GLENDALE, AZ - Jamie Phillips’ heart breaks a little more every time she learns that a child or an adult has drowned.
“It just seems like every year these numbers keep coming in,” said Phillips. “We don’t think it’s going to happen to us. But accidents do happen and it happens to good people.”
It was a tragic weekend for two Valley families, who both lost teenagers to drowning. On Saturday afternoon, a seventeen-year-old girl – a recent refugee from Africa – drowned during a birthday party at a friend’s house.
Then on Sunday afternoon, a thirteen-year-old boy jumped the fence at a friend’s apartment complex and was found at the bottom of the pool.
Jamie Phillips is the owner of American Emergency Response Training , but says most people don’t care to learn these life-saving skills.
“I just don’t know what it’s going to take to make people aware of what’s going on,” she said. “It isn’t seeming to make an impact. We're not making a dent in this drowning epidemic.”
Jamie Phillips founded her company several years ago, after her niece had a terrible accident at the pool.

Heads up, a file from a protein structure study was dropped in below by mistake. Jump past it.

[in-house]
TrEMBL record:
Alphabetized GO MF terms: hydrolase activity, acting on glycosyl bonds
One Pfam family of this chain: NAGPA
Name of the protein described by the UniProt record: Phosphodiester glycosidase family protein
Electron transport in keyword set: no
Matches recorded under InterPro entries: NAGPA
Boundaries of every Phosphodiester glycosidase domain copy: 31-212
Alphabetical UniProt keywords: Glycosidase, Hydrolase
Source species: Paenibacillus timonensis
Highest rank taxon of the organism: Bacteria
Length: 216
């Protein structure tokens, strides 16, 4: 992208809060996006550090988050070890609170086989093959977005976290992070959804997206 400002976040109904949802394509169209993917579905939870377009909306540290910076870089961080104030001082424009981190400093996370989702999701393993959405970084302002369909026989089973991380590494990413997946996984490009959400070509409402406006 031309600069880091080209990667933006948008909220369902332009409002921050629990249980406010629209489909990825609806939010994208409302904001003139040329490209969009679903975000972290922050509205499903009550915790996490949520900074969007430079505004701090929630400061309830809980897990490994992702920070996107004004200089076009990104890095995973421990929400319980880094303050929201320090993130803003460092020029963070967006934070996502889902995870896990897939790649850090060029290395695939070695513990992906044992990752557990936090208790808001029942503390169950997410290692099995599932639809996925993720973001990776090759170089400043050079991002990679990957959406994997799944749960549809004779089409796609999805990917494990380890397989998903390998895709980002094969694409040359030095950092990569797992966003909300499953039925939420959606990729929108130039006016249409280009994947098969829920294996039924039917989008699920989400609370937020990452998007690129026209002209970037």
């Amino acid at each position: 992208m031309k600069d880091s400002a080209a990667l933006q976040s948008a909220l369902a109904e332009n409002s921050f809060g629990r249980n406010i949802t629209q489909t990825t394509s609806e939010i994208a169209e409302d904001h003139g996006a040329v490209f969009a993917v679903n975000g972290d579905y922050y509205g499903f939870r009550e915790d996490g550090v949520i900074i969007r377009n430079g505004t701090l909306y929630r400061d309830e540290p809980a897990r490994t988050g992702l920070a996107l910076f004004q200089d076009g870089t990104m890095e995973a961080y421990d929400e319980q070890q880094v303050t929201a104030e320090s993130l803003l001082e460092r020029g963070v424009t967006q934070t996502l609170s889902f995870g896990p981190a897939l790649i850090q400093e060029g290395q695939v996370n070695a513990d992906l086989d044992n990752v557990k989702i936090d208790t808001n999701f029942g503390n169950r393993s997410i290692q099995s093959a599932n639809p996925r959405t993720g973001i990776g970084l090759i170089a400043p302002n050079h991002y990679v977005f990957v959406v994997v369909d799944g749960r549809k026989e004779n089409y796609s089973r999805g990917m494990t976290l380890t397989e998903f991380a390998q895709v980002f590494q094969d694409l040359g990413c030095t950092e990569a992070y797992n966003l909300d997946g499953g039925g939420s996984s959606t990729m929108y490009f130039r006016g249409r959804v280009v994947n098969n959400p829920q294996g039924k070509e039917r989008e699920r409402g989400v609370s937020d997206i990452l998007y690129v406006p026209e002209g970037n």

“That particular morning my sister was running late to work, didn’t have a chance to kiss her daughter goodbye, and the next phone call is, ‘Kathy fell into the babysitter’s swimming pool.’”
Although Kathy survived, she suffered severe brain damage that changed her life forever.
“We’re just lucky to have her,” said Phillips. “I really believe this is my purpose with the CPR training, is to get out there and try to tell as many people about it, so one family doesn’t have to go through what our family has.”
According to the CDC, drowning is the second leading cause of unintentional injury death for children one to fourteen. It’s the fifth leading cause for people of all ages.